Committing a crime can land you in hot water, but when a gun is present, the stakes are much higher. Texas is one of the most gun-friend, states and even by these standards, the criminal justice system takes gun possession when prohibited seriously.
It helps to understand the laws governing gun possession and what they may mean. Learn about how the Lone Star State charges people who use a gun unlawfully.
Criminal possession of a firearm
There are some groups of people who the law does not permit to own or carry a gun. The following are examples of those not allowed to have a weapon in their possession:
- Convicted felons (within five years of the sentence)
- Convicted domestic violence perpetrators
- Anyone noted in a domestic violence order of protection
Under the law, the state must prove that the barred person knew that the firearm was present or had it in his or her management, control or care. The state may prosecute in instances where the felon is near the gun, and a reasonable person may infer it was in-hand at some point. When someone in a classification like this gets caught with one, it may spell costly fines and jail time.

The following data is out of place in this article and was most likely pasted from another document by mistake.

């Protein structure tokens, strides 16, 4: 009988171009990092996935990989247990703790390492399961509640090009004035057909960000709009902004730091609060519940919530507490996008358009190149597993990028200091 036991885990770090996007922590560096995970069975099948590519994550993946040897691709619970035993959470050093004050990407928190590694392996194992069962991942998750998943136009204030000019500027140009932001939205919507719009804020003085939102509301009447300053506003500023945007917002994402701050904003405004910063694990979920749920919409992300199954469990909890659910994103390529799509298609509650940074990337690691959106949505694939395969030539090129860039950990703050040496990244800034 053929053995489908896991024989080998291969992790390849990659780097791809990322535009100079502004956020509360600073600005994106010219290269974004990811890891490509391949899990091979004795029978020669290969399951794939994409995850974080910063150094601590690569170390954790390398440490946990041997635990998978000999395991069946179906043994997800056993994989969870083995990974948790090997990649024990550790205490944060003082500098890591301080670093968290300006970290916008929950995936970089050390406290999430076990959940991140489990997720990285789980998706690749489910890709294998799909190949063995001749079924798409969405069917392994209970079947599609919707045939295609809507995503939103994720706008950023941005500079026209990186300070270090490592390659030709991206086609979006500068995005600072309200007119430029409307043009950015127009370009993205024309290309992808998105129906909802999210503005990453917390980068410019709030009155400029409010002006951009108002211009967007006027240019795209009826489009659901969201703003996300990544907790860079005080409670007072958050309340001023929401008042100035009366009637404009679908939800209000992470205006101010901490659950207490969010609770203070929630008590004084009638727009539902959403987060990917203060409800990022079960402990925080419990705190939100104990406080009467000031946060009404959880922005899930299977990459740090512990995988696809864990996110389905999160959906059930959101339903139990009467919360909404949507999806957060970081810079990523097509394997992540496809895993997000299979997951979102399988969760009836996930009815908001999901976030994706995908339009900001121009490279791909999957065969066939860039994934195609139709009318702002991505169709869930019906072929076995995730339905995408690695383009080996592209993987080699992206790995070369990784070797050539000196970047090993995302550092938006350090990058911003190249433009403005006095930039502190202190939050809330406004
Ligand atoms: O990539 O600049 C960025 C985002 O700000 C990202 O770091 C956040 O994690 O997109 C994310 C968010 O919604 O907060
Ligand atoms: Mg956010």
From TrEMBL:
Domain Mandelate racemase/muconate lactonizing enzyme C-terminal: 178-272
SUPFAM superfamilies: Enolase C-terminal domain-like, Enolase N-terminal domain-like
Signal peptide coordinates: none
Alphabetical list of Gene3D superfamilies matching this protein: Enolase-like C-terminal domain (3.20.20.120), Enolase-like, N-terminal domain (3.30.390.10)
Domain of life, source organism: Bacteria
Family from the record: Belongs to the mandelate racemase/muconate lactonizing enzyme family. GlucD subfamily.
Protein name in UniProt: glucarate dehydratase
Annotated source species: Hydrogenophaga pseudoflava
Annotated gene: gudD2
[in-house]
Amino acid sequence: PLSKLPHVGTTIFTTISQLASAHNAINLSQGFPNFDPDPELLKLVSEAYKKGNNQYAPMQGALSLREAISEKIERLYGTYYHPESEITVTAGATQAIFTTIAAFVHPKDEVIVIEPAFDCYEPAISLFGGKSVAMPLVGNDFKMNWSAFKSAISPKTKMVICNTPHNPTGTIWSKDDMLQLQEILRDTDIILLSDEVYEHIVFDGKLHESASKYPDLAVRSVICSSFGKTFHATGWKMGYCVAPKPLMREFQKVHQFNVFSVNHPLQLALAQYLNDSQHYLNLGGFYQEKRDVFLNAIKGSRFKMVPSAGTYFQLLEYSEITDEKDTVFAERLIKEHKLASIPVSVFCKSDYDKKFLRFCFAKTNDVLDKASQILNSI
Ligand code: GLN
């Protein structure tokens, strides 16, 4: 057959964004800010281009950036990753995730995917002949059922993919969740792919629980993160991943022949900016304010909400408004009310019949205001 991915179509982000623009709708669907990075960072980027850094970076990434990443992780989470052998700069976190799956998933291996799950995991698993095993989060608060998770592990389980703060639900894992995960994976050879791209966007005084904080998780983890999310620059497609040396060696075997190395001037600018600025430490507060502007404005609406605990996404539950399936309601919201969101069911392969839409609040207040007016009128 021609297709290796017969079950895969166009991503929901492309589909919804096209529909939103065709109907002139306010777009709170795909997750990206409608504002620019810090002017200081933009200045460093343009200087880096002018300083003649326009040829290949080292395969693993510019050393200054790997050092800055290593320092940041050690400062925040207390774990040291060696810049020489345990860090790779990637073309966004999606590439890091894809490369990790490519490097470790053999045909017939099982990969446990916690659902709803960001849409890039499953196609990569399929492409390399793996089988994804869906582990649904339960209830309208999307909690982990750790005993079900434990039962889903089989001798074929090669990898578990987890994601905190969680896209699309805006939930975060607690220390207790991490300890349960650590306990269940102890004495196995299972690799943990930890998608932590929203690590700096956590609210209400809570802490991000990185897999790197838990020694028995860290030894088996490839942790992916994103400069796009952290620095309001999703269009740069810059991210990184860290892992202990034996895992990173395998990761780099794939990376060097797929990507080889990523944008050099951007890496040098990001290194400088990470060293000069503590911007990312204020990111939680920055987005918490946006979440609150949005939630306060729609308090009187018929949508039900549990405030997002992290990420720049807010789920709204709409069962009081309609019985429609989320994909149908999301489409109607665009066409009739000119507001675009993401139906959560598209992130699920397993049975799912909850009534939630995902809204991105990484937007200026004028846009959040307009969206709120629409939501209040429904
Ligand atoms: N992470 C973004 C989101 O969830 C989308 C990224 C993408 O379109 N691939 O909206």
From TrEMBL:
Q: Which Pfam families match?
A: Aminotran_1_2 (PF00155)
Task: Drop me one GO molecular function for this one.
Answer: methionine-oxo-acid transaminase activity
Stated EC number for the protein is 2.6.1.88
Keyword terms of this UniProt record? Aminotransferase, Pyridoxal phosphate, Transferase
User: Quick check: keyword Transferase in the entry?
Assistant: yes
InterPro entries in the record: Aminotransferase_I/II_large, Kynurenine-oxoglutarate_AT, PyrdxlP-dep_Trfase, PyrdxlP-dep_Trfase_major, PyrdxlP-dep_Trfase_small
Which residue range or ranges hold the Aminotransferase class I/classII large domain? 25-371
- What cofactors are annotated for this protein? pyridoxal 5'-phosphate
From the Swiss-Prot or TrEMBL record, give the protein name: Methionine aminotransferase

Carrying of a gun
Texas law prohibits individuals from carrying firearms while out and about unless they have the proper permit. A personal firearm must remain in a vehicle or watercraft that the gun owner drives, or in the home. Even those who have licenses to carry guns cannot take them everywhere. Those with a permit may not carry a firearm on school property, inside an airport, at a racetrack or to a polling place on election day. The only exception is law enforcement.
Follow this link for more information on these and other gun charges.